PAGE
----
9-11-01 was used to create a false-narrative needed to use American military might to attain the Greater Israel Plan for the Likudists.
9-11-01 was used to create a false narrative that the radical Islamics attacked America and the full force of the US Military had to be deployed in the Mideast to retaliate in full vengeance. We now know this is a major lie designed to trick America into serving as Israeli surrogates to complete their greater Israel Plan. And what is the Greater Israel Plan which was concocted in the City of London for the Israelis to spearhead?
The Greater Israel Plan is a secret policy of the City of London RKM Banksters designed to use American military might to invade, destroy and mass-murder a majority of the governments and people in Islamic nations neighboring Israel, in order to clear the path for Israel’s aggressive annexation of all these lands to Greater Israel.
This Greater Israel Plan has now been thwarted by superior, precision Russian Federation air power in Syria. The Russian Federation is a close ally of Syria and was asked to come in and help defend Syria from ISIS et al., which is now known to be the secret mercenary army of Israel, the CIA, Saudi Arabia, and the City of London. This Russian Federation defense of their ally Syria is perfectly legal under international law.
The CIA’s support of ISIS is illegal under international law, just as every other American invasion in the Mideast is also illegal and unconstitutional, according to American law. Of course a growing number of Americans now realize that the only reason the US military and the CIA would be allowed to do this is because America has been hijacked by the COL, Israeli Likudists, Israeli-American “Israeli-first” dual citizen traitors and lots of traitors in the Pentagon, DOD, White House and administration, and Congress and the CIA.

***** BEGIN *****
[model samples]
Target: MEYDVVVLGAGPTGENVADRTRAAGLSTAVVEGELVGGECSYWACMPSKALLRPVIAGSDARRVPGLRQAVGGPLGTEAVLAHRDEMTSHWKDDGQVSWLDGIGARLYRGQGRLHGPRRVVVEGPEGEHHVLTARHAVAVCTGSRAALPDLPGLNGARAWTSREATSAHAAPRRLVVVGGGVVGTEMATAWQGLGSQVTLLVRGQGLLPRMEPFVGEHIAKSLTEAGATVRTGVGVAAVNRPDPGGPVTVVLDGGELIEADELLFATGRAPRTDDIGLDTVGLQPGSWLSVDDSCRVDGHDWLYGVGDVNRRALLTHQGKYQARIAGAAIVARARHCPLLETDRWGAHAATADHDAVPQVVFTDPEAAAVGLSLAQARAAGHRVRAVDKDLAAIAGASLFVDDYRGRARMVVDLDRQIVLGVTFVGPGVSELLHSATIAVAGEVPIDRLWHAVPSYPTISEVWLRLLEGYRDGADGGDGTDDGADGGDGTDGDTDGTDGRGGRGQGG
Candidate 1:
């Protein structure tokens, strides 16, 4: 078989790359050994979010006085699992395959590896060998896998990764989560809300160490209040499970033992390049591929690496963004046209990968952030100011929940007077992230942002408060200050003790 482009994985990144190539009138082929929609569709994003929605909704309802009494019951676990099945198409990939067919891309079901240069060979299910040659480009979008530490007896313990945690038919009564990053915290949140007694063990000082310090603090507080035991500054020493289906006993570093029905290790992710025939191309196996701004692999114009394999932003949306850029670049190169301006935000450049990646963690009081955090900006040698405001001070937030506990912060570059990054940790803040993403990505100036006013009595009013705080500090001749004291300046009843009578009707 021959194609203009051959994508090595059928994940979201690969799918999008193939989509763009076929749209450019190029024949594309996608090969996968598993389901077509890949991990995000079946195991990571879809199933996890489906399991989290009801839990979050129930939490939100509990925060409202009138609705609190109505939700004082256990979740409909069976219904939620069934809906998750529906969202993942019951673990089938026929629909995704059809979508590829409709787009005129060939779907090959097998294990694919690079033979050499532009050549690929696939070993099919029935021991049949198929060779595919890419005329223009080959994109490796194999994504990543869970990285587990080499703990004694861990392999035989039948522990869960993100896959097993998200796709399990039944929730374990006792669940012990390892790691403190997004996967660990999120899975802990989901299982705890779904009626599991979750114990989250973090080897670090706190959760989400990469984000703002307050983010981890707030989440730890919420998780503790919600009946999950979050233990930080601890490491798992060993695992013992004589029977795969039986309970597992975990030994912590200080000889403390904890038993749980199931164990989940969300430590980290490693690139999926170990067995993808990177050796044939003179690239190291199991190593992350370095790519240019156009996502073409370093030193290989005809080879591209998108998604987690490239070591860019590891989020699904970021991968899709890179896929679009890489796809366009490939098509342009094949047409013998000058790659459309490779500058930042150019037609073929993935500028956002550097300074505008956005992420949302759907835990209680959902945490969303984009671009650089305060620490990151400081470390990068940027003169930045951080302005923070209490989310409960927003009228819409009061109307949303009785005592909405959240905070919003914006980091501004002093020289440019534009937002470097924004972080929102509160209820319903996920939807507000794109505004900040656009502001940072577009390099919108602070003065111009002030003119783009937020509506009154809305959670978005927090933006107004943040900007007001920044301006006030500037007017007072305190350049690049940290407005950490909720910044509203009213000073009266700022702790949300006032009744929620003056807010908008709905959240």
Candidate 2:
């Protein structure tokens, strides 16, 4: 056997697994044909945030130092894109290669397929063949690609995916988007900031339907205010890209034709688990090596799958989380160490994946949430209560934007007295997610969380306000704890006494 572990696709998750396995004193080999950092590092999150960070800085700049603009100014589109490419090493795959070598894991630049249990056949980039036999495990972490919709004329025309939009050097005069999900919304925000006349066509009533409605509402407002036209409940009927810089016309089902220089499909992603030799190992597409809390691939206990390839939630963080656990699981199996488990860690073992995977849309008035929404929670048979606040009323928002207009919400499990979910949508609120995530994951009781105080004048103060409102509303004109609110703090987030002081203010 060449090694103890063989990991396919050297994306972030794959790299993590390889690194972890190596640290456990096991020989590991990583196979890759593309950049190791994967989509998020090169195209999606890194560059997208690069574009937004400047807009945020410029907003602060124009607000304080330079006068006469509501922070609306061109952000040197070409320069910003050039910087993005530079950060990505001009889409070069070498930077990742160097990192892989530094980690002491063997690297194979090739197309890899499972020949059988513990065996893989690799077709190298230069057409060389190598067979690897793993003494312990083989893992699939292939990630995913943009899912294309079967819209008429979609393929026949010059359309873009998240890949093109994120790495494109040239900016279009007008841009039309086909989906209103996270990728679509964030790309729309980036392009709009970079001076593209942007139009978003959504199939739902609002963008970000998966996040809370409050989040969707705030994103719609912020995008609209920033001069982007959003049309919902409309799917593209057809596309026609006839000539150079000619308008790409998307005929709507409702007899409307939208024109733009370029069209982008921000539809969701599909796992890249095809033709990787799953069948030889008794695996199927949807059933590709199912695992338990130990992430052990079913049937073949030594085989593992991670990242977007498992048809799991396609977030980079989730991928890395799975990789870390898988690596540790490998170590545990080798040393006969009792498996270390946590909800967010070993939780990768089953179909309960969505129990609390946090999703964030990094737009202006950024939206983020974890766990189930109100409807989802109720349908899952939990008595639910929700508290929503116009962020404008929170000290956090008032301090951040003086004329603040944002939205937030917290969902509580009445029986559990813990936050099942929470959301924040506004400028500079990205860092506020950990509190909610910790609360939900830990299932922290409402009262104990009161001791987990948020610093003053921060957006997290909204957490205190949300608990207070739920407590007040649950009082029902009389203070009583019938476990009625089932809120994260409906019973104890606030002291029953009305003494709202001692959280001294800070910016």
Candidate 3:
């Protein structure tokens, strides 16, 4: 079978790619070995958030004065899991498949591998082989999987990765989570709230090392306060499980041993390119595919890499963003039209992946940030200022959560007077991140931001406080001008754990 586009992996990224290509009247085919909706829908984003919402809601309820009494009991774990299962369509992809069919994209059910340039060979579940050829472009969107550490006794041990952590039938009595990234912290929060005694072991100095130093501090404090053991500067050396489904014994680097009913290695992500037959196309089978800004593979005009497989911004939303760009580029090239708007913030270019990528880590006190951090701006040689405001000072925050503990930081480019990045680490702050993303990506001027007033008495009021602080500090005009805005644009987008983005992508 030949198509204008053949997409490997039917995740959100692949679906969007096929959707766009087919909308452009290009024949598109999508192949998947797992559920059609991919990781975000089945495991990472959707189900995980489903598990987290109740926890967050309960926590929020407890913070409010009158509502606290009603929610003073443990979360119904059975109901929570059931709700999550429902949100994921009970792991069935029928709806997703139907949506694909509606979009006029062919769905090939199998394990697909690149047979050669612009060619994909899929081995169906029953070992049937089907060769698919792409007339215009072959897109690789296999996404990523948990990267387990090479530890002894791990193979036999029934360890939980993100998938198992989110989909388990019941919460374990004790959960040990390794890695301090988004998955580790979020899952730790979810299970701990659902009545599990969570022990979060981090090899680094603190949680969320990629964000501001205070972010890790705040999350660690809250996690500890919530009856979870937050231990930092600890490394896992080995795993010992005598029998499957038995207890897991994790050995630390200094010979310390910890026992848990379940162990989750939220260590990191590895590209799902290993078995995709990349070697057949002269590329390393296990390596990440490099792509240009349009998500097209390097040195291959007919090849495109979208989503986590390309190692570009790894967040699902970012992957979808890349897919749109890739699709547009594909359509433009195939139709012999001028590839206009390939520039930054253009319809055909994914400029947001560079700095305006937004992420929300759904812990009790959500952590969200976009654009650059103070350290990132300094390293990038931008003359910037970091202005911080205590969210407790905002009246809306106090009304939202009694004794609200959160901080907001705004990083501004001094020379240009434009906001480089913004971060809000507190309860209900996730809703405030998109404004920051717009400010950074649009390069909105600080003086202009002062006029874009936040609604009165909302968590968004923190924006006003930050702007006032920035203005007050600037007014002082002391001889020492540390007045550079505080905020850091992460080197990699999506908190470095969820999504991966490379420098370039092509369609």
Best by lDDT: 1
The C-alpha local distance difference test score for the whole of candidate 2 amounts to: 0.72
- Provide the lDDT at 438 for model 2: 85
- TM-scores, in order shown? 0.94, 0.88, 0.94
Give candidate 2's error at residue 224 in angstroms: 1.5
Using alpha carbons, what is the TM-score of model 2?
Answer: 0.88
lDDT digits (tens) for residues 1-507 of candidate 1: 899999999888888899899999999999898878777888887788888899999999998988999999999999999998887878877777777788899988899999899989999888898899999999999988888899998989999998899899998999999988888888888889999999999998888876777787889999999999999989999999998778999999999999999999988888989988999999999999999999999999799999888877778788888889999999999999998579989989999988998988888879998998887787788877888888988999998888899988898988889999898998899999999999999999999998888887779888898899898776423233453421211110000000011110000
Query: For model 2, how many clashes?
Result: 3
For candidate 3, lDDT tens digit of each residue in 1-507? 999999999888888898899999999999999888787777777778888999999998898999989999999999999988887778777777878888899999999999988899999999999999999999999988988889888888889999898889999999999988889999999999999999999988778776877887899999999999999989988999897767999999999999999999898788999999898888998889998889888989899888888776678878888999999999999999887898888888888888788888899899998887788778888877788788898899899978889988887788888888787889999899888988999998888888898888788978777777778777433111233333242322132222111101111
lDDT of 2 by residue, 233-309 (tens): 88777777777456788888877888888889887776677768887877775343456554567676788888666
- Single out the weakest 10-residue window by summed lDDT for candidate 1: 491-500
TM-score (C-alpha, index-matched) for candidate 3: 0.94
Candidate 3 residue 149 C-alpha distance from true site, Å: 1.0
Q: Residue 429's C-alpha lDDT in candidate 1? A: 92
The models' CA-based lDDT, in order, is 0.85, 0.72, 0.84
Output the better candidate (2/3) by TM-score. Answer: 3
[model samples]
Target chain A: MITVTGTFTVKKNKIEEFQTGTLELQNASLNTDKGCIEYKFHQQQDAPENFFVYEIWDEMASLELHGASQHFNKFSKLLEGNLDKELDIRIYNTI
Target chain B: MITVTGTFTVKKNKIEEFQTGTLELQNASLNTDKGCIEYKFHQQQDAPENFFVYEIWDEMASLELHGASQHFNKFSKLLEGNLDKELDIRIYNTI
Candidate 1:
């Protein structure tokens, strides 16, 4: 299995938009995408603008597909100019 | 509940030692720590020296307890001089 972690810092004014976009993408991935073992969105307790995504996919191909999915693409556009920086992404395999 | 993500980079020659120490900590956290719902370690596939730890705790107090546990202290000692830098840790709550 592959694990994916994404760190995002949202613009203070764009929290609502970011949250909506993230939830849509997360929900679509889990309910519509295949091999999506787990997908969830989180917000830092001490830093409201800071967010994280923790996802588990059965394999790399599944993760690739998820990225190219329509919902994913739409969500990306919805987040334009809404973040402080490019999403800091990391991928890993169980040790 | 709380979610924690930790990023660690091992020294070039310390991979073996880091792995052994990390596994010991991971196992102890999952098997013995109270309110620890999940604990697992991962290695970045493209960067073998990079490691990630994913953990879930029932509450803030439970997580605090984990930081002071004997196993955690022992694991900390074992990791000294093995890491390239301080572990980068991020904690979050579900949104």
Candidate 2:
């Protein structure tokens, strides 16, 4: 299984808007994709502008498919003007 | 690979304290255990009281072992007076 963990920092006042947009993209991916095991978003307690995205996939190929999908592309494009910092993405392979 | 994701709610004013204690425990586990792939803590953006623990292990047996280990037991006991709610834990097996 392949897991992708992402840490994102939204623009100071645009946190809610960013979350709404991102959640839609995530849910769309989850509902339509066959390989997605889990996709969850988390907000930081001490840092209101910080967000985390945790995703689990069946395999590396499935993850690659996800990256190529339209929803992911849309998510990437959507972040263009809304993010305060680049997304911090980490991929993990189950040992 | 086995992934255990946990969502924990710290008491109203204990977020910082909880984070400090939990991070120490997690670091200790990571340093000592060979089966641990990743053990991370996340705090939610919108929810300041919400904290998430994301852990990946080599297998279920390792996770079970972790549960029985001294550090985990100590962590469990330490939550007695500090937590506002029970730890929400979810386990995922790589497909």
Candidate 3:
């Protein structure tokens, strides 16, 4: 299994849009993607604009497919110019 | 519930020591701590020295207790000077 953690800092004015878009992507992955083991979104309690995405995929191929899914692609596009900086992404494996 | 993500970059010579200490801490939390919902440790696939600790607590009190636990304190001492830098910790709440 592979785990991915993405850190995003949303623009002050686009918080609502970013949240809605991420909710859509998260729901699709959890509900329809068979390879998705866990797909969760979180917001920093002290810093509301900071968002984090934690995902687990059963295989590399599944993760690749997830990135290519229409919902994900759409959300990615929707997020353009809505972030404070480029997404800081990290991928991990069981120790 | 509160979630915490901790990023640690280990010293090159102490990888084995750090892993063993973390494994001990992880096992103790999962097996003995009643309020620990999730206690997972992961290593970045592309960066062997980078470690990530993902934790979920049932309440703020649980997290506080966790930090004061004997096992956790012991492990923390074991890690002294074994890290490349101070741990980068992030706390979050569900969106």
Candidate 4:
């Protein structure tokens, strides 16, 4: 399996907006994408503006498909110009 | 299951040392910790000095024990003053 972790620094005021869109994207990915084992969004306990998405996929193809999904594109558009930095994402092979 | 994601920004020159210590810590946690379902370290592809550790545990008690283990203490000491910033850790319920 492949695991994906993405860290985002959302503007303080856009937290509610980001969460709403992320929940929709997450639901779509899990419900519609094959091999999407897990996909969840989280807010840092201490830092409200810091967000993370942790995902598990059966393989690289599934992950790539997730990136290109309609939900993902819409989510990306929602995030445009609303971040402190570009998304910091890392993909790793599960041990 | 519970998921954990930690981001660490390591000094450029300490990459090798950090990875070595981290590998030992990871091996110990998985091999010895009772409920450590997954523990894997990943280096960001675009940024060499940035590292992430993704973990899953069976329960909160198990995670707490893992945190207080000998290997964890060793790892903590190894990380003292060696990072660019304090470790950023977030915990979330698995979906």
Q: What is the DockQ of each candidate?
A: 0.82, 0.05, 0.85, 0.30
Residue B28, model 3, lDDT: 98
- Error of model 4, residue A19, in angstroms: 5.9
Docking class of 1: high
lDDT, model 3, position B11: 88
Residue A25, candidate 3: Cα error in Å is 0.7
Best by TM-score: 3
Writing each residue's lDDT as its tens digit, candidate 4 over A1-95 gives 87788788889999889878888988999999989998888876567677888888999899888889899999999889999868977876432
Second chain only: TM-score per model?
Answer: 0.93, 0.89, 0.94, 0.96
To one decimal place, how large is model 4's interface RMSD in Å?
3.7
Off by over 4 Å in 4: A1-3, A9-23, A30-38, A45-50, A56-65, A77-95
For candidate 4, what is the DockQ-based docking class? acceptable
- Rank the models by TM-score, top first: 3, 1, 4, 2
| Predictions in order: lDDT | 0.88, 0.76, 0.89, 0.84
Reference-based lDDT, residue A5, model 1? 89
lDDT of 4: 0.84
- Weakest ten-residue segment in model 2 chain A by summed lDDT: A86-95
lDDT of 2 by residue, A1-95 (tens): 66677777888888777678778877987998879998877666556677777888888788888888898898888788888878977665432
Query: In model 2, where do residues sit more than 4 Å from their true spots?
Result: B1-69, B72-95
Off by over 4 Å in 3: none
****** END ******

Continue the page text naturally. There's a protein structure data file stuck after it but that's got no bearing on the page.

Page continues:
It’s a fact that ever since 9-11-01 and earlier, the the Murrah Bombing (also done by the RKM and covered up by the FBI), the Administration and the CMMM’s obsession with terror and terrorists inside America has all been based on big lies, false-narratives and USG propaganda. The FBI is a RICO crime syndicate in and of itself; is actually run by the COL Banksters and their top Cutouts; has usually been run by traitors deeply morally compromised, some with ties to major CIA drug money laundering.
The FBI’s specialty is recruiting retarded or mentally ill Islamic patsies to accept a free airline ticket to the Mideast for radical terror training in a special camp run by the CIA and Mossad, or to read and become mind-kontrolled by FBI-run, terror-training websites. Almost all pedophile websites have been run by the FBI. The FBI is known to protect the worldwide satanic pedophile network from exposure or prosecution and has done so, according to reliable insiders from many years.
After 9-11-01, FBI Directors have known that the 9-11-01 attack on America was nuclear; they have known who actually did it, and have worked hard to keep it covered up forever. These men are major American RICO criminals and traitors. If any ordinary, non-connected person did this, they would be prosecuted, convicted and hung for numerous capital crimes, such as accessory after the fact, misprision of a felony, treason, espionage against America, etc.
The matrix of big lies continually broadcast in the RKM’s CMMM is of course designed to spook the police to make them aggressive to citizens, and to scare the American People into supporting all these unprovoked, undeclared, illegal, unconstitutional Mideast wars of aggression to further the RKM’s and Likudists’ Greater Israel satanic obsession.
Most advanced American police training is done under direction of Israeli anti-terror forces (this is no coincidence). DHS was set up to consolidate all American LE and place it under the direct control on the RKM in order to keep the truth of who was behind 9-11-01 covered up forever.
One factor in this increased tendency for American Police to shoot quick and empty their clip into their target “until the threat is over” is the little realized fact that most advanced American police training is driven by Israeli anti-terror forces. This should be illegal and considered espionage by a foreign nation against America.
The current training attitude subtly but actually communicated is that the Police are the righteous occupying military force and We The People are like Palestinian Terrorists. This is the subtle but governing attitude in the back of most new police officers’ minds in America. Sad to say, but it is a fact.